Today, the place you call home matters more than ever. Unfortunately, many Americans continue to believe homeownership is out of reach because they think a 20 percent down payment is needed to qualify for a mortgage.
A recent report by the private mortgage insurance (MI) industry finds that it could take a family earning the national median income over 20 years to save for a 20 percent down payment. But the wait decreases by 67 percent when a five percent down payment is the goal. Fortunately, millions of homebuyers each year qualify for home financing with low down payments.
Given the current economic environment due to COVID-19 and the desire of many people to keep more cash on-hand, low down payment loans are more important than ever. Low down payment mortgages with private mortgage insurance have proven to be a time-tested means for Americans to access affordable homeownership sooner while still providing credit risk protection and stability to the U.S. housing system. It is no wonder why more than 33 million homeowners have used this type of home financing and why its use is on the rise.
The report finds that in 2019, the number of low down payment loans backed by private MI increased 22.9 percent. Over 1.3 million home loans were purchased or refinanced with private MI, up from just over 1 million in 2018. Nearly 60 percent of the borrowers of these loans were first-time homebuyers and 40 percent had annual incomes of less than $75,000.
Why have millions turned to this type home financing?
Let us first take a closer look at a borrower who earns the national median income of $63,179. To save 20 percent, plus closing costs, for a $274,600 home, the median sales price for a single-family home last year, they would need to bring more than $63,000 in cash to the table. It could take up to 21 years to save up this amount based on the national savings rate dedicated towards a mortgage. But if this borrower qualifies using private MI on a five percent down payment mortgage, their wait time drops to just seven years. This type of home financing offers Americans a chance to secure home financing much sooner than previously believed.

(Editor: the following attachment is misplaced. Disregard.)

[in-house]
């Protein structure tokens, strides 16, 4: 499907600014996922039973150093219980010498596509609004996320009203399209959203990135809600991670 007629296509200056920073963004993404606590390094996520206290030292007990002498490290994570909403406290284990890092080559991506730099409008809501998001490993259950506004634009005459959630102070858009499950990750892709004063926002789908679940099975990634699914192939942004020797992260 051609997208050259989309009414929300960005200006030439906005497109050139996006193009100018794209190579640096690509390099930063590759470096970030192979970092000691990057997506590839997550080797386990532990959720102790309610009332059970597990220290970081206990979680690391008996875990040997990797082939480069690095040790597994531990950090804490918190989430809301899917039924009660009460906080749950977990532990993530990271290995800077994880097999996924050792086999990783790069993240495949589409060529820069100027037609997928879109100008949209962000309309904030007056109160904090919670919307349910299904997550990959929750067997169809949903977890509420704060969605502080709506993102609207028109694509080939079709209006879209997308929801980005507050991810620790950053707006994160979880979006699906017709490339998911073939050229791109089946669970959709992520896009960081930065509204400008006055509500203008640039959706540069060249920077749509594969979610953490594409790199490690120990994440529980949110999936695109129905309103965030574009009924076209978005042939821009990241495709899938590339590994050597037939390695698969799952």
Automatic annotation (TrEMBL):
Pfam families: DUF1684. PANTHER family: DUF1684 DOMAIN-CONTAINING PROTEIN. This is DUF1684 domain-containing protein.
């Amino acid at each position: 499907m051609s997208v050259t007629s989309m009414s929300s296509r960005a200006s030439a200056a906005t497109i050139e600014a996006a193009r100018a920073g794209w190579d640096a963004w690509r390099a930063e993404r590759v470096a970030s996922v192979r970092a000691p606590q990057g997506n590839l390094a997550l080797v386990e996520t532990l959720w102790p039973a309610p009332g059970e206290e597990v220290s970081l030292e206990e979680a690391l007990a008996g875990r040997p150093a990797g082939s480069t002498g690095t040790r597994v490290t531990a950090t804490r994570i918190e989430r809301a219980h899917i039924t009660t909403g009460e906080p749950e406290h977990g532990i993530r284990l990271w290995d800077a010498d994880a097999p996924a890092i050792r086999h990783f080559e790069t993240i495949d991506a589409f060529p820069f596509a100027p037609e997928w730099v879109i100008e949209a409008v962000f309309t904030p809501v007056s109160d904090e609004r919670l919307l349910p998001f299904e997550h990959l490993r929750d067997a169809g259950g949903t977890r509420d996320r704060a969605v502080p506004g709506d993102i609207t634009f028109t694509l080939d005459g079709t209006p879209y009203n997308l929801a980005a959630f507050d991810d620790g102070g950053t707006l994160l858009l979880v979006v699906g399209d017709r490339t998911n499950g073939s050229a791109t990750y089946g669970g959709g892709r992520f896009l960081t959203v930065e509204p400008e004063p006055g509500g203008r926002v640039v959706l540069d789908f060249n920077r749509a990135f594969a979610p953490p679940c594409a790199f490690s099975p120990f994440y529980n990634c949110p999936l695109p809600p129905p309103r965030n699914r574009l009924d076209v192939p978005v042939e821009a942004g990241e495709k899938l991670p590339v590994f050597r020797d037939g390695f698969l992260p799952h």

Why is 20% the “magic number”?
Data demonstrates that borrowers who make larger down payments are less likely to default on their mortgages than borrowers with lower down payments. Therefore, lenders traditionally require a 20 percent down payment to offer mortgage financing to a borrower. This is where mortgage insurance steps in, providing credit enhancement for the borrower with a lower down payment, and insuring the loan for the lender in the event the borrower stops making their payments. Once the borrower builds 20 percent equity in their mortgage, the insurance can be cancelled, thus lowering the monthly payment. Private MI also helps Americans buy a home without necessarily breaking the bank.
Private mortgage insurance is offered on so-called conventional loans that are backed by the government sponsored enterprises (GSEs), Fannie Mae and Freddie Mac. When there is private MI on a loan, the risk protection provided to lenders for making a low down payment mortgage possible is extended to the GSEs too. In the event of a default, the private mortgage insurance stands to cover losses first, meaning private MI also protects taxpayers.
Supporting the American Dream
As the report demonstrates, private mortgage insurers’ role in the low down payment market significantly increased over the last five years. Between 2015 and 2019, private mortgage insurers’ market share in the low down payment lending sector increased from 34.8 percent of the insured market in 2015 to 44.7 percent in 2019, helping millions of Americans qualify for home financing.
Private MI offers a reliable path to the American dream of owning a home. Since 1957, private MI has helped more than 33 million Americans become homeowners while protecting taxpayers. And right now, more than ever, we are even more aware of the benefits of owning a home—from building wealth to creating stability to the importance of having a safe place to call your own.
Lindsey Johnson is the president of the U.S. Mortgage Insurers (USMI), the association representing the nation’s leading private mortgage insurance companies.